A sharp rally in domestic stocks from June lows has once again rendered Indian markets expensive to their emerging-market (EM) peers.
The 12-month forward price-to-earnings (P/E) multiple for the Nifty50 Index is around 20.6x — 82 per cent higher than 11.3 per cent for the MSCI EM Index.
India’s valuation premium has hit a five-month high.
This is on the back of sharp outperformance to EM and global peers from June lows and also due to earnings downgrades, following the April-June quarter of 2022-23 earnings.
When the Nifty hit its 2022 high on January 17, India’s P/E at 25x was almost double MSCI EM’s, which was around 12.7x.
When the Nifty hit a 13-month low on June 17, the premium had shrunk to just 54 per cent.
Indian markets have always commanded a premium to their EM peers.
However, the current differential could be pricing in lofty expectations around corporate earnings and economic growth, say experts.
Also, the rupee’s weakness against the US dollar and uncertainty around foreign portfolio investor (FPI) flows could cap further expansion in P/E.
What has led to the expansion in India’s premium? For one, Indian markets are seen as being better placed.
“We are overweight on India within Asia (excluding Japan).
“Given the broader environment of a global slowdown, India’s corporate growth and fiscal position seem relatively healthy.
“A considerable proportion of India’s inflation is also imported,” says Abhiram Eleswarapu, head of India equities, BNP Paribas.
“One should look at P/E in the context of interest rates and earnings growth.
“In terms of earnings growth, India is leagues ahead.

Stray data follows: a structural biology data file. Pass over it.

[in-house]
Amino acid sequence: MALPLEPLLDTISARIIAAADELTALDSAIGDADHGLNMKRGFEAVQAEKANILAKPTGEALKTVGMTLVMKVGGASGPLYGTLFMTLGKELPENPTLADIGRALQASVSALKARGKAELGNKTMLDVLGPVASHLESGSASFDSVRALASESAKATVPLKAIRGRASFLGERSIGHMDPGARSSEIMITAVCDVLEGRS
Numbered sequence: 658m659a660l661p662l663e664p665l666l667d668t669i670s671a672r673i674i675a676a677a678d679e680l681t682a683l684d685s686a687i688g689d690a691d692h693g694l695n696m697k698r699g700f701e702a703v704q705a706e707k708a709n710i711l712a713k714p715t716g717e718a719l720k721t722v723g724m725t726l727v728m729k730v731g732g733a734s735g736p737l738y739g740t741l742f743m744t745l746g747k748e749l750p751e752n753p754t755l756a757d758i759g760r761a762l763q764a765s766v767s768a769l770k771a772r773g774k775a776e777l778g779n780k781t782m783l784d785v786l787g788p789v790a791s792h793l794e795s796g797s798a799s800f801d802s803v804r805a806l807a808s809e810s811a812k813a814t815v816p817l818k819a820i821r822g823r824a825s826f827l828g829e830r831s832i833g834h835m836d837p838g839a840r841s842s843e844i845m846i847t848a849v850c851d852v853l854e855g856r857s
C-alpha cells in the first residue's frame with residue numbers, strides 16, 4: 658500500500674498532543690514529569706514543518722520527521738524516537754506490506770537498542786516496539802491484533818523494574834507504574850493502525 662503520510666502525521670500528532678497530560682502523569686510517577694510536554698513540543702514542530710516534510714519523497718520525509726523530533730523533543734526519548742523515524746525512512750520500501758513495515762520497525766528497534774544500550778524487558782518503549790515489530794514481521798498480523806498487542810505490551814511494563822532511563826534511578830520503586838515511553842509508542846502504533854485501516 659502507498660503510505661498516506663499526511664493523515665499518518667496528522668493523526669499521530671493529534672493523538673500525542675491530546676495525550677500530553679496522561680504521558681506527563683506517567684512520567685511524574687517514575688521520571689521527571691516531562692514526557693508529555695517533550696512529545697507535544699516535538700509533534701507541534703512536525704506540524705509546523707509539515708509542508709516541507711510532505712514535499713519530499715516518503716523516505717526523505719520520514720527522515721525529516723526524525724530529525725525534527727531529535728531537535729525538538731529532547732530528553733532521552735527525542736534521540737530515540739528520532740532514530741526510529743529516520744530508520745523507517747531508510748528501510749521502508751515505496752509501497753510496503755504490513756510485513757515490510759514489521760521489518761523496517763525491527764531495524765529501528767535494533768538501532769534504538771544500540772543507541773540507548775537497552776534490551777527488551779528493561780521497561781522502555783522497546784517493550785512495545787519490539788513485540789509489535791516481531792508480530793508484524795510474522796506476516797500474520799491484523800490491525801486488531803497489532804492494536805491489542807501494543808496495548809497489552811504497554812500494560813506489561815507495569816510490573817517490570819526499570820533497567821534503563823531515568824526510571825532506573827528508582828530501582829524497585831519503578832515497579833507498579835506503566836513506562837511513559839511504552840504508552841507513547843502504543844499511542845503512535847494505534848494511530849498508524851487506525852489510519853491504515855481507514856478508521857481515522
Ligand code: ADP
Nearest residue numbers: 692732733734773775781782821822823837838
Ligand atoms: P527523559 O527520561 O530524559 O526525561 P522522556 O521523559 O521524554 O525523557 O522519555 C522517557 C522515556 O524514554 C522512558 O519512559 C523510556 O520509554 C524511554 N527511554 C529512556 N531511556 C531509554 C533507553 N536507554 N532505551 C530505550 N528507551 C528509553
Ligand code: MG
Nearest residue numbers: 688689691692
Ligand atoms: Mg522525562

“Historically, India always had better-than-expected earnings growth.
“India is an island of growth.
“Valuation premium will sustain as long as growth momentum sustains.
“If there is any hit to growth due to disruption in commodity prices or geopolitical tensions, things will be different,” says U R Bhat, co-founder, Alphaniti Fintech.
Market experts say the Indian market has a large correlation to the oil market.
The country’s large import dependence places it in a disadvantageous position, while commodity-exporting peers within the EM tend to benefit.
“India’s rupee is falling, so are foreign exchange reserves. Oil prices, too, are fluctuating. Risk factors notwithstanding, we are getting a high premium.
“There are risks of downside.
“If the US Federal Reserve shrinks its balance sheet, there could be further pressure on the rupee and FPI flows could once again reverse.
“Oil prices remain the biggest determining factor in whether the premium stays or goes.
“If crude oil price stays below $100 per barrel, the premium will go up.
“If it goes back to $120 per barrel, the situation will get intricate,” says Chokkalingam G, founder, Equinomics Research & Advisory.
India has the third biggest-weighting in the MSCI EM Index at 14 per cent, after China (32 per cent) and Taiwan (15 per cent).
Experts point out that the P/E of MSCI EM looks optically low due to China’s underperformance this year.
Beijing’s regulatory clampdown and resurgence of Covid in China has seen the MSCI EM Index crash 25 per cent this year.
The MSCI China trades at a 12-month forward P/E of less than 11x.
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